Every major Japanese city is crisscrossed by boulevards, those major streets that carry traffic and delineate neighborhoods. But despite their physical prominence, boulevards play little role in the discourse of Japanese urbanism. What does this contradiction imply? Are boulevards unimportant to the experience of the Japanese city, or have they simply been neglected?
When we imagine a Japanese city scene, we are likely to call to mind a quiet residential alley (roji), a narrow shopping street (shotengai), or a secluded shrine. In Paris, by contrast, boulevards are considered defining features not only of the city, but also of the character of its residents. Tomes are devoted to Baron Haussmann’s creation of the boulevards and their social, economic, political, and aesthetic implications. The research that follows argues that Japanese boulevards, also significant public spaces, are worthy of the same close examination.
We have selected and profiled six important Japanese boulevards here for their diversity in scale, function, and composition. These boulevards shape the daily experiences of millions of pedestrians, cyclists, drivers, and transit users. They also provide space for recreation, shopping, public art, and events. The drawings reveal these diverse forms of organization and occupation. They also illustrate how attitudes toward boulevard planning have shifted gradually over time.
From Kyoto’s thousand-year-old Karasuma boulevard to Tokyo’s recently completed Kanni boulevard, this type of infrastructure has gradually become more regimented and dominated by automobiles. But with plans underway for the transformation of Osaka’s Midosuji boulevard, among others, the future of these important urban features is contested. Should boulevards expedite the movement of cars, or should they be repurposed as shared gathering places? This investigation brings boulevards into conversation with other, more recognizable elements of the Japanese cityscape to help influence these important debates.
In the nineteenth century, boulevards played a role in defining the cultural and civic life of Edo (now Tokyo) and Paris, two metropolises of the early modern world. Representations of both cities in art give us a sense of how urban space influenced the subjectivity of their inhabitants. From the secure confines of the voyeur’s perch, one can watch the bustle of modern life unfold on the boulevards below. In Utagawa Hiroshige’s view of Suruga-cho, pedestrians dominate the scene. In Camille Pissarro’s painting of Boulevard Montmartre, by contrast, much of the street is occupied by speeding carriages, appearing closer to the car-controlled boulevards of today.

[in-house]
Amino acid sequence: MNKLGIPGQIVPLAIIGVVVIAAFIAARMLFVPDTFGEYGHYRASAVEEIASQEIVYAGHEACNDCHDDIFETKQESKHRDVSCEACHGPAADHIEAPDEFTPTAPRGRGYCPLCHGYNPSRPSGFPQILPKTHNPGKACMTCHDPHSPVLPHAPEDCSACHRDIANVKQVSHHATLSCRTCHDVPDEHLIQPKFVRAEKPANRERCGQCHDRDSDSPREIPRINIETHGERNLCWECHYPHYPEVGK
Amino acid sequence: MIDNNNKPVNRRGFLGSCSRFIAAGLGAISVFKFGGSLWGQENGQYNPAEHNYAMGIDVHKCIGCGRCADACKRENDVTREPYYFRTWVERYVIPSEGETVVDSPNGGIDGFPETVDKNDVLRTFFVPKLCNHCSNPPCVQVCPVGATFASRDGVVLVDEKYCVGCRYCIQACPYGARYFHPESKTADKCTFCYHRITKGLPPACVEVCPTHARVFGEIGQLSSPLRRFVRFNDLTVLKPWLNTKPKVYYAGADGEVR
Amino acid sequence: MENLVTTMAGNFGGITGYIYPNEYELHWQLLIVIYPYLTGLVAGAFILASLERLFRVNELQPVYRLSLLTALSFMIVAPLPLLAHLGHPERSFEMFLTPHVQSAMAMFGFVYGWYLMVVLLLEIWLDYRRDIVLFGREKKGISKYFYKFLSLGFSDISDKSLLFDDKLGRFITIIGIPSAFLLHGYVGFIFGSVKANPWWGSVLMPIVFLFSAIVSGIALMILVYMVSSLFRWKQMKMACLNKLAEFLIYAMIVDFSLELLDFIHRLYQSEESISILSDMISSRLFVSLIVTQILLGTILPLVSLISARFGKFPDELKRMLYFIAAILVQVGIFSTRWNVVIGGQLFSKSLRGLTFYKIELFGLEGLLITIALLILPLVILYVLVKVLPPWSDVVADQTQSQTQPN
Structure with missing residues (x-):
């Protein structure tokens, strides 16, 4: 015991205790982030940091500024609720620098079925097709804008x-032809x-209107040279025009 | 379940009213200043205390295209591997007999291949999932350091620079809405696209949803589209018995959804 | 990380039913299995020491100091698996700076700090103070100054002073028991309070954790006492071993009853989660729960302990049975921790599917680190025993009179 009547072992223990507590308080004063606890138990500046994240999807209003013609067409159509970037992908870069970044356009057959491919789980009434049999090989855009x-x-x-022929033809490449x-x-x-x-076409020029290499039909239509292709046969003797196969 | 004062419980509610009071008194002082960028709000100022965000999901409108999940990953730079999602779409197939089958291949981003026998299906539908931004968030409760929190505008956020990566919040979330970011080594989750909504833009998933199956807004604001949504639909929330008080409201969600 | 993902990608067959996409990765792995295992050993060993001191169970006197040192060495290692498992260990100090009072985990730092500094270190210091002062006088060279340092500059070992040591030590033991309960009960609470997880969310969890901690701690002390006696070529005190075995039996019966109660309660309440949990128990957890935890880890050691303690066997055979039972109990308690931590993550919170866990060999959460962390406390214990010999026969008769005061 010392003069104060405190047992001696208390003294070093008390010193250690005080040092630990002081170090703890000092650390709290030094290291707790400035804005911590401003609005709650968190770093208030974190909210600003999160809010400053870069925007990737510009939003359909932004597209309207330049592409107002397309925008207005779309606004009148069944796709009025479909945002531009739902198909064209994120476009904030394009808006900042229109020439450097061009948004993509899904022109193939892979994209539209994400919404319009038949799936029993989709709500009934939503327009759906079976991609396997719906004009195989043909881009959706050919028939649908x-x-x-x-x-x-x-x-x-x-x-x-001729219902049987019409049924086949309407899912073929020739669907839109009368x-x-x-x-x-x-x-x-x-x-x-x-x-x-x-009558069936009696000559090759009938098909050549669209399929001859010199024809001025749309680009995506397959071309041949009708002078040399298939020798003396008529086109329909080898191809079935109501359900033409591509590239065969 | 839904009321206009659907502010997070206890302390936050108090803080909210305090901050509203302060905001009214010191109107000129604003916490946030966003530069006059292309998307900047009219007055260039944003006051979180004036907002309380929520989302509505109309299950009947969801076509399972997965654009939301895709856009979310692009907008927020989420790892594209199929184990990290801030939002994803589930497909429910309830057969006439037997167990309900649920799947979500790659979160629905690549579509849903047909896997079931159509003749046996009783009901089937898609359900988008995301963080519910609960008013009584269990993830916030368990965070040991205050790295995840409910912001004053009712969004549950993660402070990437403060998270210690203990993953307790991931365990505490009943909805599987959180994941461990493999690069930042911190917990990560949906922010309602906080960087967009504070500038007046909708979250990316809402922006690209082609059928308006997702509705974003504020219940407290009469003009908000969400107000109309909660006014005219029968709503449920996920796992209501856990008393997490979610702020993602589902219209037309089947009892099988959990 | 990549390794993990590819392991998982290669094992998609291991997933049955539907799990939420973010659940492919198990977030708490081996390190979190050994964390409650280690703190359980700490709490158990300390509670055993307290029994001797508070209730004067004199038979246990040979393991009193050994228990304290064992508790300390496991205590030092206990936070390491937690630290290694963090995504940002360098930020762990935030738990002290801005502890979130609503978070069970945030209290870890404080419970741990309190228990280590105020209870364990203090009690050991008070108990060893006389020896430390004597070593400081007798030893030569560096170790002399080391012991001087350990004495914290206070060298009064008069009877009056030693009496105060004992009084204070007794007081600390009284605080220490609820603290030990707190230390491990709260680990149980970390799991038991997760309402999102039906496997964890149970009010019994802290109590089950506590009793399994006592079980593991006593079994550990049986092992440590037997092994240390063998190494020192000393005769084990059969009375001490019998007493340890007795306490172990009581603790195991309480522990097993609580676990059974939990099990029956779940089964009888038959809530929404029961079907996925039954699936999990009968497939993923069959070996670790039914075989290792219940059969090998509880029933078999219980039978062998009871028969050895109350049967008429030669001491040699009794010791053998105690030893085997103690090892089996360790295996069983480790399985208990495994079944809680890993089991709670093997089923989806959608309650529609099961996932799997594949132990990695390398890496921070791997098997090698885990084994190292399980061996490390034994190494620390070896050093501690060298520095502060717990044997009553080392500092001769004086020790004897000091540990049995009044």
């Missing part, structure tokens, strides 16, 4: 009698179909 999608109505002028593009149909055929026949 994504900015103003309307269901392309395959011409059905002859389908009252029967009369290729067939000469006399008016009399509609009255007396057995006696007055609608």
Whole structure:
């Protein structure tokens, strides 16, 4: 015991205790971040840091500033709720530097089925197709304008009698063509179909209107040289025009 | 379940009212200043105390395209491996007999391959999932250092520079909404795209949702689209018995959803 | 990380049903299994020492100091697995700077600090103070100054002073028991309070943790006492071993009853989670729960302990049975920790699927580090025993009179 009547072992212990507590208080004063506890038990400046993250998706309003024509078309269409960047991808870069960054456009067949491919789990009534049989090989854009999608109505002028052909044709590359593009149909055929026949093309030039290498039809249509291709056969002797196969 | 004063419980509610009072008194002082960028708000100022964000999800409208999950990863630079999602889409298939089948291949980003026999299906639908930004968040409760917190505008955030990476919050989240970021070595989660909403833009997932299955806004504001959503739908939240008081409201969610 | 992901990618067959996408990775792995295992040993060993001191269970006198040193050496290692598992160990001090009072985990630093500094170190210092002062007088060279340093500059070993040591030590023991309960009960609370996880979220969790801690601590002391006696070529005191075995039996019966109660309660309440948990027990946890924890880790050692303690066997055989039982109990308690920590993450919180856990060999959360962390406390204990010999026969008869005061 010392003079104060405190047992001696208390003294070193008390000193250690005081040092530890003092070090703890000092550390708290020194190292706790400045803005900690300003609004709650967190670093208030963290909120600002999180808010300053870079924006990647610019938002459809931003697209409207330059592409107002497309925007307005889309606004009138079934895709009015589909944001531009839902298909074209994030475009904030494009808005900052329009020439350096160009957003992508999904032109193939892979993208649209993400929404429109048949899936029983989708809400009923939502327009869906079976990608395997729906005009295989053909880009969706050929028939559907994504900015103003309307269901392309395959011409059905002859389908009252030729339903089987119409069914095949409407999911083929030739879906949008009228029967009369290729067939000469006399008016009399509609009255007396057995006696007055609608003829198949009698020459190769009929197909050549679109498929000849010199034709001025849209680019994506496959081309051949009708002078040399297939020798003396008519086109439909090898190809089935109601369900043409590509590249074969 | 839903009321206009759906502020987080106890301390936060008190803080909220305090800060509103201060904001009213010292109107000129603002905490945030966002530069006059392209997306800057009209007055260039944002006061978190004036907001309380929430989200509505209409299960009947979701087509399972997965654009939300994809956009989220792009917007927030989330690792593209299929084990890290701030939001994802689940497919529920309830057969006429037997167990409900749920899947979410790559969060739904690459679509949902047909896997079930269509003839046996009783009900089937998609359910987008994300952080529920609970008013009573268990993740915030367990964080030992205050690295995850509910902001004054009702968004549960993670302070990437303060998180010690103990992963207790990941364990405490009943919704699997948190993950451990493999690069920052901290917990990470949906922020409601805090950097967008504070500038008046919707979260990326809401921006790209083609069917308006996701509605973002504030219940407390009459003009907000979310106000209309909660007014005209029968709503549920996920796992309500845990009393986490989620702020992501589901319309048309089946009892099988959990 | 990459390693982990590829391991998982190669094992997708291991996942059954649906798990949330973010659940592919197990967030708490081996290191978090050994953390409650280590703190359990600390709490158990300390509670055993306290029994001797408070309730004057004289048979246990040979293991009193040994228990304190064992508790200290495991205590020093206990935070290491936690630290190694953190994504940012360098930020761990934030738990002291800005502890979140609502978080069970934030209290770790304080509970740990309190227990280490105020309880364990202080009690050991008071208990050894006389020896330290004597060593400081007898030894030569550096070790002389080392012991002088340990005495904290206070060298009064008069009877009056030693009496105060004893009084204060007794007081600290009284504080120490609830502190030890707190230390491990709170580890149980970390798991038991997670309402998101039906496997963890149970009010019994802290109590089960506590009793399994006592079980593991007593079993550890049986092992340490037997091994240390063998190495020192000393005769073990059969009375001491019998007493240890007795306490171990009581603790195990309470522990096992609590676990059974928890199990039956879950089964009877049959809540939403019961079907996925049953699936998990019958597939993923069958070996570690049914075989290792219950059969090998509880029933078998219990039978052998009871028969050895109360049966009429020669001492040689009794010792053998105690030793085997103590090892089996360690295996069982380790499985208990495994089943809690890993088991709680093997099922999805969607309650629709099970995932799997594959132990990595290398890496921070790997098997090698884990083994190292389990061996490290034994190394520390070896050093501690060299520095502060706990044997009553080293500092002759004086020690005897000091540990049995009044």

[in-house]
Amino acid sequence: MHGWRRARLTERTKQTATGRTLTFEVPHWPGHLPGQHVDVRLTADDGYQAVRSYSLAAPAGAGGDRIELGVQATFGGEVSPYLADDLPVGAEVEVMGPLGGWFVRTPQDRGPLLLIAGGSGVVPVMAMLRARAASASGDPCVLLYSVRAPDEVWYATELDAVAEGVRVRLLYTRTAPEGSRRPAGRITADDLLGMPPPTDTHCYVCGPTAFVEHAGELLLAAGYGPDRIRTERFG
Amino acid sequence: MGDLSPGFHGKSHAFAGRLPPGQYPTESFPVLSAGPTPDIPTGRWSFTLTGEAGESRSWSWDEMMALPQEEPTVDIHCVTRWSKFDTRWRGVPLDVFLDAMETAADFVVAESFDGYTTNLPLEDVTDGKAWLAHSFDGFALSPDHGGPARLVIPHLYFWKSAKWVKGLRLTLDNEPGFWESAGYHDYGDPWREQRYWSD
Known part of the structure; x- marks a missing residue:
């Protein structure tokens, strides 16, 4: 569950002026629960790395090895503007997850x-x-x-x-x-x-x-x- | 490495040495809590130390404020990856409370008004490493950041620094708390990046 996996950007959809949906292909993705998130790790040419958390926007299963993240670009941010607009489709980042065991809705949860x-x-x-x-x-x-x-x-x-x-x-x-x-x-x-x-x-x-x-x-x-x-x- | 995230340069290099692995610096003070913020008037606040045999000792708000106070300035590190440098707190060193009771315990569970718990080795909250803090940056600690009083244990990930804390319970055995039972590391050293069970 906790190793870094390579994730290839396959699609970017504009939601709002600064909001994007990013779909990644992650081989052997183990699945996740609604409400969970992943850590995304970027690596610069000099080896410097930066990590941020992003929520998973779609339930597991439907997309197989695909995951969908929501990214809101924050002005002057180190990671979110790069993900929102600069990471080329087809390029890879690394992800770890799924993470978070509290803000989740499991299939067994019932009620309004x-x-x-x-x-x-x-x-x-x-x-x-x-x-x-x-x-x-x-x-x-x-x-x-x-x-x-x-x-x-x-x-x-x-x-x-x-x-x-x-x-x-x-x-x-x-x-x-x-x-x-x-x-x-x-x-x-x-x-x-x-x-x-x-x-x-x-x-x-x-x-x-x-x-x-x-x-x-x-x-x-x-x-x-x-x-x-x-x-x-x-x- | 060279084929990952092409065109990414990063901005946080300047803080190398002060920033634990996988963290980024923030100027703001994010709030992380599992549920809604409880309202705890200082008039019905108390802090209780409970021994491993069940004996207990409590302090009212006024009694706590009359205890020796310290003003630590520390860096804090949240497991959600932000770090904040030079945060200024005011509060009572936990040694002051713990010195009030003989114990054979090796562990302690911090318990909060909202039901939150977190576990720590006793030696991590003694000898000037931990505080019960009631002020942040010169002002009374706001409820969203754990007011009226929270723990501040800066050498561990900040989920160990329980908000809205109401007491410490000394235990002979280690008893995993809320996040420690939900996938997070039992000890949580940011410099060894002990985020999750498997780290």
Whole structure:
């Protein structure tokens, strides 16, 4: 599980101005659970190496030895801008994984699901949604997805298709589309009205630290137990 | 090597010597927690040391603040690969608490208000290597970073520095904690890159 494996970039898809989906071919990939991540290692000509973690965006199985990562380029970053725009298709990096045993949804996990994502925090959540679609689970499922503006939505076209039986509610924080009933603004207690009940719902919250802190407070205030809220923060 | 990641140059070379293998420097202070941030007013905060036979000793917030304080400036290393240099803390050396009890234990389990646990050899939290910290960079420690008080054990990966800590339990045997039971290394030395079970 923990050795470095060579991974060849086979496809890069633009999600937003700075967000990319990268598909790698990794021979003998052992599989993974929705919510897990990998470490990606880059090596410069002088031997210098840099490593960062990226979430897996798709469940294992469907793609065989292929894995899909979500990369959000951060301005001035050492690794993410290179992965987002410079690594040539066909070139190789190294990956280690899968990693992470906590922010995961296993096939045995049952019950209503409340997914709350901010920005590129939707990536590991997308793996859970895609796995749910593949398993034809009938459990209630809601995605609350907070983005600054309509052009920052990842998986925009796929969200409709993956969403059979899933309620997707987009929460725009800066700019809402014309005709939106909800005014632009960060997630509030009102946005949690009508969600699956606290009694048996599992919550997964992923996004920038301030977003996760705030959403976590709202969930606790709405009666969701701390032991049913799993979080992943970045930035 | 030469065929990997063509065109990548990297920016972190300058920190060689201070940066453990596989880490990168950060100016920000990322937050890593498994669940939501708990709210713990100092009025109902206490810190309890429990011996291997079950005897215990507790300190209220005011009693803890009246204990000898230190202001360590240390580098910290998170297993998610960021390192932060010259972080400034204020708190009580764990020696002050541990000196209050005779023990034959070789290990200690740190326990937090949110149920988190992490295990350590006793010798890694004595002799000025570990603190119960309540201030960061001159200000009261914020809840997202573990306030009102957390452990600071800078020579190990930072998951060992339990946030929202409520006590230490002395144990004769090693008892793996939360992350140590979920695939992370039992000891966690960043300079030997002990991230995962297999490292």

Map of Japan
The drawings below analyze significant examples from each of these six cities, illustrating the diversity of Japanese boulevards across space and time.
Organizing the streets by width reveals not only the heterogeneous scale of these boulevards, but also the differing proportions of space occupied by paving, green space, and automobile traffic.
Midosuji boulevard, Osaka
The city of Osaka intends to fully pedestrianize Midosuji boulevard by 2037, the centennial of its widening. The two-and-a-half-kilometer stretch of road will form a pedestrian greenway running through Osaka’s densest districts.
Across the world from Osaka, the city of Paris has announced that nearly two kilometers of the Champs-Élysées, the city’s most famous boulevard, will be renovated with additional pedestrian amenities by 2030. Unlike Osaka’s plan for Midosuji boulevard, some automobile traffic lanes will remain.